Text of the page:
Top 5 Questions to Ask Before Back Surgery

If you have back pain and anti-inflammatory medications, heat or ice, exercising, or going to physical therapy hasn’t helped, your doctor may recommend back surgery. These five questions to ask before back surgery can help you know what to expect, what preparation is required, what recovery may be like, and when you’ll feel better.

Top 5 Questions to Ask Before Spinal Surgery

There’s a lot to understand about what you may face. Don’t hesitate to ask your surgeon these back surgery questions.

1. Why do I need back surgery?

 A man walks outside happy he had back surgery after his back surgery questions were answered.

If your pain is a result of disc problems or bone growth that is too close to a spinal nerve, or you’re suffering from a condition such as scoliosis that has a severe curve, surgery is often recommended when other measures haven’t helped.

2. What is the type of surgery?

Your spinal surgeon will recommend one of the following procedures:

  • A Diskectomy removes part or all of a herniated disc that’s causing pain from nerve compression. Plastic and metal artificial disks may replace the damaged material.
  • A Laminectomy removes bone at the back of the spine and makes more room for the spinal cord and nerves.
  • Spinal fusion replaces arthritic joints with metal implants and grafts to connect spinal bones or to correct scoliosis.

3. Are there things I can do to prepare for the surgery?

For the best possible outcome, your doctor may make ask you to:

  • Lose weight if you’re overweight to reduce the risk of surgical complications such as blood clots
  • Tell them if you suffer from diabetes or other diseases in case they cause issues
  • Quit smoking
  • Stop taking medication beforehand (including supplements) because they could interfere with anesthesia and bleeding

You should prepare help with bathing, dressing, getting up and down, meals, transportation, and more. You’ll also want slip-on shoes and comfortable clothes, and items such as a shower chair or raised toilet seat.

4. What can I expect with the surgery?

The latest advances in technology and science—including robotic surgery—are revolutionizing back surgery.

If it’s a minimally invasive discectomy, you may be under local anesthesia, and the procedure could take a couple of hours. An incision is made to insert a small tube through which tiny tools or a laser can remove part of the disc. But if more is removed or new bone is inserted, you’ll probably be under general anesthesia and the procedure could last several hours. You’ll remain in the hospital overnight.

Laminectomies can take two to three hours under general anesthesia. The surgeon makes an incision and cuts through muscle to remove the damaged vertebrae. You may also need herniated discs removed, or bone grafting or fusion to stabilize the spine. For less invasive surgery where only damaged vertebrae are removed, you could be discharged that day, but you may stay in the hospital longer if it’s more complicated.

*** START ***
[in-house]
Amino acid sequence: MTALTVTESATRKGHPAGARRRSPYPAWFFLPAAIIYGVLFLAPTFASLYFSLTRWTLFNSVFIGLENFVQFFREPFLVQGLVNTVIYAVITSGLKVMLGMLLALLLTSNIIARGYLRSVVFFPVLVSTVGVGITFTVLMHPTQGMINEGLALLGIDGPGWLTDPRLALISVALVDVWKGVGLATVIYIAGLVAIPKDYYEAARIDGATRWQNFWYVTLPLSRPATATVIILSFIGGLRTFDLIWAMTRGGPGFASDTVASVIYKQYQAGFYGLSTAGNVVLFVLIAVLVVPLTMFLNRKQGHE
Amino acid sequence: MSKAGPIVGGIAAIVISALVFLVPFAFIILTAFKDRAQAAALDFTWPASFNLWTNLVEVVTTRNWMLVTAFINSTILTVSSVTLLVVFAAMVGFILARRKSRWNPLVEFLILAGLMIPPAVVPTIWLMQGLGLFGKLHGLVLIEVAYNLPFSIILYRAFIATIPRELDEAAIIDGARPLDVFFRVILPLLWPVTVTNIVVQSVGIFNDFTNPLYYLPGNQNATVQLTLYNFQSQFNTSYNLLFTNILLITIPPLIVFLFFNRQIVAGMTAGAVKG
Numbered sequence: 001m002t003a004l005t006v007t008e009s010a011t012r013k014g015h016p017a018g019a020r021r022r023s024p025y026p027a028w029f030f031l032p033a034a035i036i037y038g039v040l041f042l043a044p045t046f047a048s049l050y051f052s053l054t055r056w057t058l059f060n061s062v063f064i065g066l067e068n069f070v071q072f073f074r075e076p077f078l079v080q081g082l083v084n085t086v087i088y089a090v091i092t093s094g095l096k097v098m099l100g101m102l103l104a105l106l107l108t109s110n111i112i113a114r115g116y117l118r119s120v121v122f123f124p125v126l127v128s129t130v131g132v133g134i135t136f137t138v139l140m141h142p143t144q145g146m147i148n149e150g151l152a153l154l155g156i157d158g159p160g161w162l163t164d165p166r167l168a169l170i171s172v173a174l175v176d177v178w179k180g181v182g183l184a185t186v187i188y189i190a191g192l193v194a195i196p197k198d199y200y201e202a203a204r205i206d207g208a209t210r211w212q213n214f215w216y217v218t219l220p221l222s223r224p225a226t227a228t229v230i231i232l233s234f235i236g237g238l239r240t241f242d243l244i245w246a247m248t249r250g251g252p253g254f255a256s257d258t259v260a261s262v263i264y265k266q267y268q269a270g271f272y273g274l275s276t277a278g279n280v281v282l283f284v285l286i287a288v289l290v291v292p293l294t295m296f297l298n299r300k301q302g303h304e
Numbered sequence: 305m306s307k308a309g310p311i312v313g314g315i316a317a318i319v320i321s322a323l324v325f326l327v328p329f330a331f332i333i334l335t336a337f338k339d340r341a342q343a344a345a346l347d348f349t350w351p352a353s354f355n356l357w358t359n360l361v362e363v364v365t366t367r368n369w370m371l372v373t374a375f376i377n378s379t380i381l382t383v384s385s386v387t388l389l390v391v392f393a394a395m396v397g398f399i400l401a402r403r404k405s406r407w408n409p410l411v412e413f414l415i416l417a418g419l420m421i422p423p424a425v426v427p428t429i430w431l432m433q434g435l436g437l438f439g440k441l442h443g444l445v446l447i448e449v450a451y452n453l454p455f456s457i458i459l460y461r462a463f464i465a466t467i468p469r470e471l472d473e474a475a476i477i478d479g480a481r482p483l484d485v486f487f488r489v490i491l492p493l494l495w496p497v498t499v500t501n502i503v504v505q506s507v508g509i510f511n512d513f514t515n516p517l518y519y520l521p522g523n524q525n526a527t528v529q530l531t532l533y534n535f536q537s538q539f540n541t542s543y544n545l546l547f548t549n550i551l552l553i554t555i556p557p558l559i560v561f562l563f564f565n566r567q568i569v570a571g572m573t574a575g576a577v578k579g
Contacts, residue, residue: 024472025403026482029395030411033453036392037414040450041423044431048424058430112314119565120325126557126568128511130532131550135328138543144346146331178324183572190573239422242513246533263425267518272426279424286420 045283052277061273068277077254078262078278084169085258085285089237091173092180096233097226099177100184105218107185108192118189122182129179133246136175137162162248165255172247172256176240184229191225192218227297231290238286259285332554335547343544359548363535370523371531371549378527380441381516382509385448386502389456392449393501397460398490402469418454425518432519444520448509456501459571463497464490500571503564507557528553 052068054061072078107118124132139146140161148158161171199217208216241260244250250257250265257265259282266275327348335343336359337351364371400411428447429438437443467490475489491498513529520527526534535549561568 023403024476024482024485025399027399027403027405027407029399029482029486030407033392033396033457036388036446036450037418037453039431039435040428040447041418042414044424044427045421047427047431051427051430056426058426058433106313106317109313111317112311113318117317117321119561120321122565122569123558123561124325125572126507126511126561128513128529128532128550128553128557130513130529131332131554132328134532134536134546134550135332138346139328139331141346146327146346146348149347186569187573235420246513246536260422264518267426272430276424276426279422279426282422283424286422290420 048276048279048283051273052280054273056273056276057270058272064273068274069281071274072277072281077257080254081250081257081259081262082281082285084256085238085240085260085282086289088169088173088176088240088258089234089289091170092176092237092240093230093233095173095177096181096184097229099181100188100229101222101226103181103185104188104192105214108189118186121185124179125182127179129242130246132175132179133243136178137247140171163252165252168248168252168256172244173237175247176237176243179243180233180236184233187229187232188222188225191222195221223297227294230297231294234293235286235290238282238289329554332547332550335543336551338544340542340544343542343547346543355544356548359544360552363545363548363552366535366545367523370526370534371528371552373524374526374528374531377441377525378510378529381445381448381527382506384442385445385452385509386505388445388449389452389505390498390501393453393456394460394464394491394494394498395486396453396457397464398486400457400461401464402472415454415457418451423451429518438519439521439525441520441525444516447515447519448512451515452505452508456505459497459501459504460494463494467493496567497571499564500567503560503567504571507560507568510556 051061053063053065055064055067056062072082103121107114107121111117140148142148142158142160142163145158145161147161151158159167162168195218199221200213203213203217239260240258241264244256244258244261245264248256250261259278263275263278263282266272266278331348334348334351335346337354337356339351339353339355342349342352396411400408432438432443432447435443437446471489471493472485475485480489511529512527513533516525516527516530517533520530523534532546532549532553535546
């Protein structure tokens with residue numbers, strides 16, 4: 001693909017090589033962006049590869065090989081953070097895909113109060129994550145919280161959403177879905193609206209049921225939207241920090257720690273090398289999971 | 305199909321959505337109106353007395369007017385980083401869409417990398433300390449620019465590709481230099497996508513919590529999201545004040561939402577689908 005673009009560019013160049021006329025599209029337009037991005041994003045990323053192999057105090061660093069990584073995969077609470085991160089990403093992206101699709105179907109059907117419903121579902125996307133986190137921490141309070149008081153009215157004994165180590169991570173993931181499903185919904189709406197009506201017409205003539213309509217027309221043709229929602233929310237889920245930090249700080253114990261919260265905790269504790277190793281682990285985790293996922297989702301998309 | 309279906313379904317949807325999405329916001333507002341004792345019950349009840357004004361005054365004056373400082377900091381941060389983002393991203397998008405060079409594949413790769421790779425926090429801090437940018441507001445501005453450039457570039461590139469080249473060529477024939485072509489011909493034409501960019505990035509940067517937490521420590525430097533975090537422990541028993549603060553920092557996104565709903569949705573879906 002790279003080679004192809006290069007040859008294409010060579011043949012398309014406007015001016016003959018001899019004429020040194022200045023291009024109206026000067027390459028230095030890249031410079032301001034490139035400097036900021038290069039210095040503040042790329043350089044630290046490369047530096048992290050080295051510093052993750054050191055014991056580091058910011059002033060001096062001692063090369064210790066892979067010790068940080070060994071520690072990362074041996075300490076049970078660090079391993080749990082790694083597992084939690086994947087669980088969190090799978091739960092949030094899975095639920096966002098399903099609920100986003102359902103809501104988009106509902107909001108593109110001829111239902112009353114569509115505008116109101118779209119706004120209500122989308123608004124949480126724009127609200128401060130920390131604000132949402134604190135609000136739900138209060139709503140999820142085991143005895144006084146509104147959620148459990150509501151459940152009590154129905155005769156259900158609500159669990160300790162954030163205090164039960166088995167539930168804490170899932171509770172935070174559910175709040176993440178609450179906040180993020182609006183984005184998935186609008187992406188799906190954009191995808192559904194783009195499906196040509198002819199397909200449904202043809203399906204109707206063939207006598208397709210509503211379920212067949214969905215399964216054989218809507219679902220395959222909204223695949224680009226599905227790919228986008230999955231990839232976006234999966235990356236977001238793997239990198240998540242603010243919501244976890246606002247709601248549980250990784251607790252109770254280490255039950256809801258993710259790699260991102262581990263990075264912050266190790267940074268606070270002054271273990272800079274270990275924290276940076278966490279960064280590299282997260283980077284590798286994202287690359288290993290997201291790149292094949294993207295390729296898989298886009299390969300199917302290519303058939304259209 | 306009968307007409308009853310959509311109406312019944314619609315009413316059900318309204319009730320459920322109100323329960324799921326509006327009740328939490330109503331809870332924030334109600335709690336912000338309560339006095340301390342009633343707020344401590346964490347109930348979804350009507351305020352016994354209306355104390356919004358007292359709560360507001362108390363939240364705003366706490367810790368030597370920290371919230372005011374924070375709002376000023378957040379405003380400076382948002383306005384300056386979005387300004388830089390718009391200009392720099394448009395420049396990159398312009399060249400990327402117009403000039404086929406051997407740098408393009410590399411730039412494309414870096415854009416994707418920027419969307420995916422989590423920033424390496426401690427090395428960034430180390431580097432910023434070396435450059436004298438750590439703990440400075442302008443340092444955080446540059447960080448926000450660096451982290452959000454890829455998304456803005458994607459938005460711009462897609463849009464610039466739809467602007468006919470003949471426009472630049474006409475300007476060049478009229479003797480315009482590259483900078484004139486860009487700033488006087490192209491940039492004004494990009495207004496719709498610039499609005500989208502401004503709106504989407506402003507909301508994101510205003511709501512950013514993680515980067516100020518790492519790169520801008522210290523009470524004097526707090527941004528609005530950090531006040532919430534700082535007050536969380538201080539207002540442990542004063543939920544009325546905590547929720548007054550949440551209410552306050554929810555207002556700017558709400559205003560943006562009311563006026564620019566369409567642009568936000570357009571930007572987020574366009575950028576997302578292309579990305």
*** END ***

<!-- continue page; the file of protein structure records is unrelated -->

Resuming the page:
With spinal fusion surgery, you’ll be under general anesthesia. The surgery takes up to eight hours and may require a stay of several days. An incision is made to reach the damaged area, which is fused with bone grafts held in place by metal screws and plates.

5. What is recovery like?

For laminectomies and discectomies, recovery generally takes about 12 weeks, while spinal fusion may take six months to a year.

You’ll be on pain medication and go home with a prescription. Avoid anti-inflammatory medications for several months as they can make healing harder.

Physical therapy usually starts within 24 hours, and you’ll continue it after you’re released. You may be fitted with a brace and/or use a walker and switch to a cane later.

Keep incisions clean and dry. If you have sutures, they’ll be removed around day 10. No bathing is allowed, but you can use a shower chair.

Your doctor will want to know if you experience any:

  • Pain
  • Incision drainage, redness, or swelling
  • Fever or chills
  • Headache
  • Signs of a blood clot: swelling, pain, or redness in calf or ankle

Throughout your recovery, you’ll continue physical therapy and gradually resume more activity. With minimally invasive surgeries, you may be able to start driving after three weeks if off pain medication and have a doctor’s OK. It may take as long as two to three months to return to work.

Town Center Orthopaedics: Virginia’s Experts in Spinal Care, Surgery, and Recovery

If you’re suffering from back pain or know you need back surgery, call Town Center Orthopaedics first. With the latest in robotic surgery and cutting-edge techniques, we specialize in disc replacements, laminectomies, spinal fusion, scoliosis, and more, in addition to working with you on pain management and recovery.

Request an appointment at one of our convenient locations in Ashburn, Centreville, Fairfax, and Reston in Virginia. We’ll get you set up right away so you can ask your back surgery questions and get the answers you need.

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TCO provides patients with orthopedic problems the trusted resources and patient-centered advice they need to “Feel Better. Move Better. Be Better.”